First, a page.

What is it about?

Humans have overloaded the world's plant nutrient flows, which caused clear coastal waters to loose underwater plants. These plants were replaced by small floating photosynthesizing microorganisms (algae and bacteria). We studied if we could grow underwater plants in such turbid waters and if the plants would lower the amount of the competing small floating algae. We found that we could get underwater plants to grow, and that they produced more oxygen compared to small floating algae during the day. However, small floating algae would still be present and most of the oxygen was consumed during the night. We argue that in such coastal waters, plant nutrients are still too high either from adjacent farm land or from within the bottom of the water body.

Featured Image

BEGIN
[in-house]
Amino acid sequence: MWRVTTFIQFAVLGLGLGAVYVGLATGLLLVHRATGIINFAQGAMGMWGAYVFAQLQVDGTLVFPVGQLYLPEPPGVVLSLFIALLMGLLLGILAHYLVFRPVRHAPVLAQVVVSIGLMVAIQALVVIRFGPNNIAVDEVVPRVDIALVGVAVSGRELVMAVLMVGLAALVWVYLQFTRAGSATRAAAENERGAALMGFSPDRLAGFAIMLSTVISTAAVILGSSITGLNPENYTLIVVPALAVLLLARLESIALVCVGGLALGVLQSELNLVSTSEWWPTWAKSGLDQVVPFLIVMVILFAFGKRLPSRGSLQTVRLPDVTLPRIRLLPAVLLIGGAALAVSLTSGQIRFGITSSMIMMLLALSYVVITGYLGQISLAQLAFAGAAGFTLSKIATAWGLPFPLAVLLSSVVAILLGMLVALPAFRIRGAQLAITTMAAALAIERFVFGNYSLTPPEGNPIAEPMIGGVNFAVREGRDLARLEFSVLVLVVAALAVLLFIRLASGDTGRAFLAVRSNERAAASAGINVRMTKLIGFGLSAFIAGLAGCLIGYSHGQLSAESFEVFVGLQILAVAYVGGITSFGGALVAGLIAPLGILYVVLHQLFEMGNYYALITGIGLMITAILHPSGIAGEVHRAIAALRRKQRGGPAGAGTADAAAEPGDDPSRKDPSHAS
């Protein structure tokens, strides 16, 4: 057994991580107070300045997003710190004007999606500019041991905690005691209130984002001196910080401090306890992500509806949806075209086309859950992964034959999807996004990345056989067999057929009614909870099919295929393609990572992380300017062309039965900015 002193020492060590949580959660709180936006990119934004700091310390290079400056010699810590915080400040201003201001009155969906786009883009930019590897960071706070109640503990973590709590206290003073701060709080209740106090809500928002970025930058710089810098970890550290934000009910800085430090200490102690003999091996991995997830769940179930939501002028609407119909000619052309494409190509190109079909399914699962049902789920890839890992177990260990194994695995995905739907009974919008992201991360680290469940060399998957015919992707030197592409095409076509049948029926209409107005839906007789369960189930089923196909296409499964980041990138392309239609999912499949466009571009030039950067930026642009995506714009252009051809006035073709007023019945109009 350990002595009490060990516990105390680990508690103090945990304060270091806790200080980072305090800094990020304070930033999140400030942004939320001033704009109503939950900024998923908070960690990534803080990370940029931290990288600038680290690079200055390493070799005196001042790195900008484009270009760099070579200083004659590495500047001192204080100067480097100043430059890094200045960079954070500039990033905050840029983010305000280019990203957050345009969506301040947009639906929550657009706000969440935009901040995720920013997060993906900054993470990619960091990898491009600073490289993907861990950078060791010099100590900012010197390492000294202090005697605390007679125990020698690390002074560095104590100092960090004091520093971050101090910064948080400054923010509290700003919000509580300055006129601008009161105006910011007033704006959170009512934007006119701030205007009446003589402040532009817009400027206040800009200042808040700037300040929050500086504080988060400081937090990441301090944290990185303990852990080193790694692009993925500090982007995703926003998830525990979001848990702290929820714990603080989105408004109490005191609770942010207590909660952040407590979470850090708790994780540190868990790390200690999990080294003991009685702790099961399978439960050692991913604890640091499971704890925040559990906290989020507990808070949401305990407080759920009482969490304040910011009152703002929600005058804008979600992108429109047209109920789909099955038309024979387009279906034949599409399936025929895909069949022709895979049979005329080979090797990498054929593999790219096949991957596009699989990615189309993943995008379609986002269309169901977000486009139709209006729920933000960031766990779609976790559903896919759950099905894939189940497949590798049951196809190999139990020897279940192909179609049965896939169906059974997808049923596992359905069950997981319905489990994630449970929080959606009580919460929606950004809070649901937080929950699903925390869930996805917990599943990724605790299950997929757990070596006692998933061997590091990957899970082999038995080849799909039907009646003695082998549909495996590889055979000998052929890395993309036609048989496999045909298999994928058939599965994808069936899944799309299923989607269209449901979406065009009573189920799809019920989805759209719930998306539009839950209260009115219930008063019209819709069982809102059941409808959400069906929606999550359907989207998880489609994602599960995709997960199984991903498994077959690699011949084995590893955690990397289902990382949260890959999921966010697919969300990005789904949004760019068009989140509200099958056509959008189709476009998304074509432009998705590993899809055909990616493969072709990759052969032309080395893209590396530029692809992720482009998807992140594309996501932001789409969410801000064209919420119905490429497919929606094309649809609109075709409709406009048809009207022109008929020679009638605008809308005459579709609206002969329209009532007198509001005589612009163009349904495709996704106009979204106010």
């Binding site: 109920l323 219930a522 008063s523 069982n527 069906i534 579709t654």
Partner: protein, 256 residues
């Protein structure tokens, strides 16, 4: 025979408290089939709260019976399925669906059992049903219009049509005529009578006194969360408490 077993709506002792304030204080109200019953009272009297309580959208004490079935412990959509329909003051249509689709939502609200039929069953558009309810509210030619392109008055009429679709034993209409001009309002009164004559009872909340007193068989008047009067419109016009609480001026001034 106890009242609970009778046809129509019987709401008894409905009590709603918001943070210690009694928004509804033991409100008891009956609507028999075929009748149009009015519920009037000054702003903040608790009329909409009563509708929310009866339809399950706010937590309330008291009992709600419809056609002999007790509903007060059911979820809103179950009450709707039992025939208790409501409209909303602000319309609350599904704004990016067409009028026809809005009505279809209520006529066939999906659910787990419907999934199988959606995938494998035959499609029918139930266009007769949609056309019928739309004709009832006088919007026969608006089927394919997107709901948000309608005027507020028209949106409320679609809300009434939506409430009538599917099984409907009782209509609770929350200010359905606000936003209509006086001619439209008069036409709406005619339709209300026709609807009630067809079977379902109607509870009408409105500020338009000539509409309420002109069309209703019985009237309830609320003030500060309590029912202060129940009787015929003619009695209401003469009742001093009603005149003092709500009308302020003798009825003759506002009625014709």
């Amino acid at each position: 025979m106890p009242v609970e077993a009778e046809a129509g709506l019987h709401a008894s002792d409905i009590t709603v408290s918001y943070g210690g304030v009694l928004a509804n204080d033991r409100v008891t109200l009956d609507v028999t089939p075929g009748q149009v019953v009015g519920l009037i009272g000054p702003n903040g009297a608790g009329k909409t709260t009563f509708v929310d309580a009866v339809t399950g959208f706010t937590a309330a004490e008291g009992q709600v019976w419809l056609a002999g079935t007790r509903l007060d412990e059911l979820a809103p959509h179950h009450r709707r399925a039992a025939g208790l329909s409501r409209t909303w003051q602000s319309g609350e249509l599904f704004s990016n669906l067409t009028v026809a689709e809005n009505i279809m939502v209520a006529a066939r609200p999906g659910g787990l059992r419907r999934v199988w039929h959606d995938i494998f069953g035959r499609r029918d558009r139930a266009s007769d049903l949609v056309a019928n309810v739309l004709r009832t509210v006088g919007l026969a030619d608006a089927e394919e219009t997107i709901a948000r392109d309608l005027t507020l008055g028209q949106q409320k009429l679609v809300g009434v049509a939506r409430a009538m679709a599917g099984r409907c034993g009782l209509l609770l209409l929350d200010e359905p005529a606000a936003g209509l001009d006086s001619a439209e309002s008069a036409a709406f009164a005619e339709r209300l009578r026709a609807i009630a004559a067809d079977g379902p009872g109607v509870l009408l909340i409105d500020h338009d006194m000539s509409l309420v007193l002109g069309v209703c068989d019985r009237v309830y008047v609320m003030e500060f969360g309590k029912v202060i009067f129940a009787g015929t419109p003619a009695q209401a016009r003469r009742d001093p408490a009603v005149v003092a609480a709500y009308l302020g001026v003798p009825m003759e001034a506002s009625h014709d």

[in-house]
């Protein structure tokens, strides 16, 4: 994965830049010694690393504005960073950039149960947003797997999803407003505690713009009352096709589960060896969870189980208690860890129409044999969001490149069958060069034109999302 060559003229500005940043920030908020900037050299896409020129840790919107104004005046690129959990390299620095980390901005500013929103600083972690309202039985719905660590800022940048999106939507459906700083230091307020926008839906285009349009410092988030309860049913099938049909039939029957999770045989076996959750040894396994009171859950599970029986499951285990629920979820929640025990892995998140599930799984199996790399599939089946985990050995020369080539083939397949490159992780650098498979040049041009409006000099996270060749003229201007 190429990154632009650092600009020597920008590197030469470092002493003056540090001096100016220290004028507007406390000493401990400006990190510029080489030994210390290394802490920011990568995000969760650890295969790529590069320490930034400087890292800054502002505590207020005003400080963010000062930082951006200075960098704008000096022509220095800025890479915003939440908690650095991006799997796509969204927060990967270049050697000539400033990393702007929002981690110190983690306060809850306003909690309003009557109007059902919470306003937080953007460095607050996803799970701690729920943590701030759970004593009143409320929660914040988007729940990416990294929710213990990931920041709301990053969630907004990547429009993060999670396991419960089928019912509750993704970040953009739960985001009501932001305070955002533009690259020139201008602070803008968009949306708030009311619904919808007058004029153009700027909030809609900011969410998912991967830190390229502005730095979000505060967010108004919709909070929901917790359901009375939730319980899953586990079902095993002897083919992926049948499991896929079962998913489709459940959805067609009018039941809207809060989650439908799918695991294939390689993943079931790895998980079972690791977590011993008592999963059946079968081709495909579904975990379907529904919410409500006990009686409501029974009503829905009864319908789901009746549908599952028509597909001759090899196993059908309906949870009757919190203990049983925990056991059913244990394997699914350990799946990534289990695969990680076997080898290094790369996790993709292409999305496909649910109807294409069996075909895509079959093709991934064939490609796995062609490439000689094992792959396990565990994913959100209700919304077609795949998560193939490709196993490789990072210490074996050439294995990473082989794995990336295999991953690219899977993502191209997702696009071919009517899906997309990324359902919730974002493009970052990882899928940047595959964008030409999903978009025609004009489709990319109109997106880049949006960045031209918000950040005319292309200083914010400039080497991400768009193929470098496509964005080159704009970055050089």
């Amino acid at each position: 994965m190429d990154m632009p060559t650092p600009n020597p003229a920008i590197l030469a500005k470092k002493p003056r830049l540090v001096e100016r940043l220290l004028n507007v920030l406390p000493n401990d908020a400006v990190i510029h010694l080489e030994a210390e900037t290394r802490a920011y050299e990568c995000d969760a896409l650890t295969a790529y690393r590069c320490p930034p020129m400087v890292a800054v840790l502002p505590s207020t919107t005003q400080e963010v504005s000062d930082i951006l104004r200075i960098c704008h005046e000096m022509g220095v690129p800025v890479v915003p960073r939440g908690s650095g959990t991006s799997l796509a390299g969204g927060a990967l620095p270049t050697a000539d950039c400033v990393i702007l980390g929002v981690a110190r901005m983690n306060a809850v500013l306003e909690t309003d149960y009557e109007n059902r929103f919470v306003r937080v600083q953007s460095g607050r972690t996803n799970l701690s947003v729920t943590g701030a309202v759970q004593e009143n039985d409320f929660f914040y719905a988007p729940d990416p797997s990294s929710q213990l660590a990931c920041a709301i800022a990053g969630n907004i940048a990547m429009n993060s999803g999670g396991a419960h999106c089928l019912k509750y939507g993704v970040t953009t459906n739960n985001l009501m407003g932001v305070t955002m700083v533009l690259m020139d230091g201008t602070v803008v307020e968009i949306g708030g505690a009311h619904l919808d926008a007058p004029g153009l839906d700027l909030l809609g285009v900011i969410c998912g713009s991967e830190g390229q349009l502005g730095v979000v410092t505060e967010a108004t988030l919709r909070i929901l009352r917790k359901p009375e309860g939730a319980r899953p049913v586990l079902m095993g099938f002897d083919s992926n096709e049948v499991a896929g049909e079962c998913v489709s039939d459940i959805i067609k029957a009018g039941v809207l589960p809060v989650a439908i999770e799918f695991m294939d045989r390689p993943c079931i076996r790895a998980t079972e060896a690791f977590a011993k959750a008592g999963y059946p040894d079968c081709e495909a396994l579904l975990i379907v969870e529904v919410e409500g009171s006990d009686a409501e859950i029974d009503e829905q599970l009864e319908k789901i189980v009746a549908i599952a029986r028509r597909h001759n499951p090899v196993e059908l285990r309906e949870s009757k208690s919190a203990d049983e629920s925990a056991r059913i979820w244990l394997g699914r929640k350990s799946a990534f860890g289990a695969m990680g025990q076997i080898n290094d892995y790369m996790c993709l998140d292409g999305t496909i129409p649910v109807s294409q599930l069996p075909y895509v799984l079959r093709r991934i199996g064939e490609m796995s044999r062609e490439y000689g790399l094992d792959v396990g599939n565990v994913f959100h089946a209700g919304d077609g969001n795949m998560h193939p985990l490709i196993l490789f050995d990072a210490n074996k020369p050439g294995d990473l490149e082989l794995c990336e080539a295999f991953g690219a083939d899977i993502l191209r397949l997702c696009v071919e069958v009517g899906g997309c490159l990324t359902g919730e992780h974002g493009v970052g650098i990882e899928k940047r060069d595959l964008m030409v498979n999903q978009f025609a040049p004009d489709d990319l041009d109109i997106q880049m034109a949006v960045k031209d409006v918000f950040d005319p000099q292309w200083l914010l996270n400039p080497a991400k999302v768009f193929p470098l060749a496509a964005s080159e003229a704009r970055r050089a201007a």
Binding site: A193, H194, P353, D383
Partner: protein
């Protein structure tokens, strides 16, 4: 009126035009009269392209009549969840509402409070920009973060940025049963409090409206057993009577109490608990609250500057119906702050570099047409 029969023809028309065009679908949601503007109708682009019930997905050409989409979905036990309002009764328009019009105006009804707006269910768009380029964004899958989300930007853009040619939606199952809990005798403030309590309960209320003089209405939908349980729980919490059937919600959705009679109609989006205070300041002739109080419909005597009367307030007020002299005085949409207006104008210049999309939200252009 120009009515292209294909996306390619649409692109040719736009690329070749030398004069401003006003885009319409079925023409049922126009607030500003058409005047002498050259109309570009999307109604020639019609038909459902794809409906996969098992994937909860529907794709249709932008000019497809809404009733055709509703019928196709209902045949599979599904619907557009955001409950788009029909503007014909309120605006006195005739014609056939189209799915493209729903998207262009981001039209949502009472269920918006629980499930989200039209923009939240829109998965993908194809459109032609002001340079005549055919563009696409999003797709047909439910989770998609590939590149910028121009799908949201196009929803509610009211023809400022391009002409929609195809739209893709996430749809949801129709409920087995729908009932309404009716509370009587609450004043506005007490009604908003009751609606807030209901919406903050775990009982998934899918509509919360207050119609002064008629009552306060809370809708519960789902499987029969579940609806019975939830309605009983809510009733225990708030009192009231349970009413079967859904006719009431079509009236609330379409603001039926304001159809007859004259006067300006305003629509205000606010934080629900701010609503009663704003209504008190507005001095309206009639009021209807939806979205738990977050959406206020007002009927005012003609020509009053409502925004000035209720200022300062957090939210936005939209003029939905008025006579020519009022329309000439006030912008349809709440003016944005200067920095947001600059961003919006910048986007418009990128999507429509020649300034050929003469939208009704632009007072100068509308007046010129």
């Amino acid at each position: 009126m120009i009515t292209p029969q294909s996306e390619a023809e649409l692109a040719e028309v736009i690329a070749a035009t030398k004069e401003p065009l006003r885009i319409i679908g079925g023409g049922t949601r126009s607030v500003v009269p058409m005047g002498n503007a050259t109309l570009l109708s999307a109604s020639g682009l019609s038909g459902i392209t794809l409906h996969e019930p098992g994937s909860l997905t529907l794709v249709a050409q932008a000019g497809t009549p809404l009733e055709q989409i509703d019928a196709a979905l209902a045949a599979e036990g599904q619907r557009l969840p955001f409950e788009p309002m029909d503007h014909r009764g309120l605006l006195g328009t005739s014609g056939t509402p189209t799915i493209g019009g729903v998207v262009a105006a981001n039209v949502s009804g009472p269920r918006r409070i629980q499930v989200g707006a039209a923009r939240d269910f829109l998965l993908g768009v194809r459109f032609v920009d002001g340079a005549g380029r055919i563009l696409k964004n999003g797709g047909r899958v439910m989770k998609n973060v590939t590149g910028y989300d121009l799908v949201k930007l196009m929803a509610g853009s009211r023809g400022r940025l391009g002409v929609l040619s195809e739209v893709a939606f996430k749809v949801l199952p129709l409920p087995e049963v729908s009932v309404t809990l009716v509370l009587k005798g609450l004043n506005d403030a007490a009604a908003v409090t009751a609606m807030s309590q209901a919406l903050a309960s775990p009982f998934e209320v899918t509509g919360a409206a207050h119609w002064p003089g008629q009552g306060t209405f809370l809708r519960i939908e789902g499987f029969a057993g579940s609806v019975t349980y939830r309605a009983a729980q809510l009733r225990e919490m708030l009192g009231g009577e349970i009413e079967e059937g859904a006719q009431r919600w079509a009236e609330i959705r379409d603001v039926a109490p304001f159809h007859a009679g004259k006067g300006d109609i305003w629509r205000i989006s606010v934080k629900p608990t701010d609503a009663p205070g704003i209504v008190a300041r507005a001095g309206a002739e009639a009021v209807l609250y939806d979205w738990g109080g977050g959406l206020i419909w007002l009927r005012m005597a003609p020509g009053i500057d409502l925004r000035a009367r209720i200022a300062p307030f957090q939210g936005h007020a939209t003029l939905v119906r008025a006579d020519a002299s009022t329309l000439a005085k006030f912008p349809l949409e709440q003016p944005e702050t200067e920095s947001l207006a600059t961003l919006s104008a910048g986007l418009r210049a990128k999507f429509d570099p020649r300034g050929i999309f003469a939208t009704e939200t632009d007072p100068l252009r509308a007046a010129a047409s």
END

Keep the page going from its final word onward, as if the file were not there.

Why is it important?

Our water bodies are threatened by global warming, overloading plant nutrients and newly introduced species that affect the food web. We need to understand if we can get underwater vegetation growing again, which would be more stable compared to water bodies with a lot of floating small and large algae. Our results indicate that the water bodies are still far from recovering and that they need more protection to reach their original clear water state.


We were very surprised to find that, both underwater plants and floating small algae would produce similar amounts of oxygen during the day, but also consume it during the night. This finding gave us an idea that internal processes in water bodies are still too different from their original state. However, it also open the opportunity to use targeted measures in restoring these water bodies. Future works should also include treatments with different amounts of nutrients or animals that graze on plants and algae.

Maximilian Berthold
Mount Allison University

Read the Original

This page is a summary of: Dynamics of primary productivity in relation to submerged vegetation of a shallow, eutrophic lagoon: A field and mesocosm study, PLoS ONE, May 2021, PLOS, DOI: 10.1371/journal.pone.0247696.
You can read the full text:




The following have contributed to this page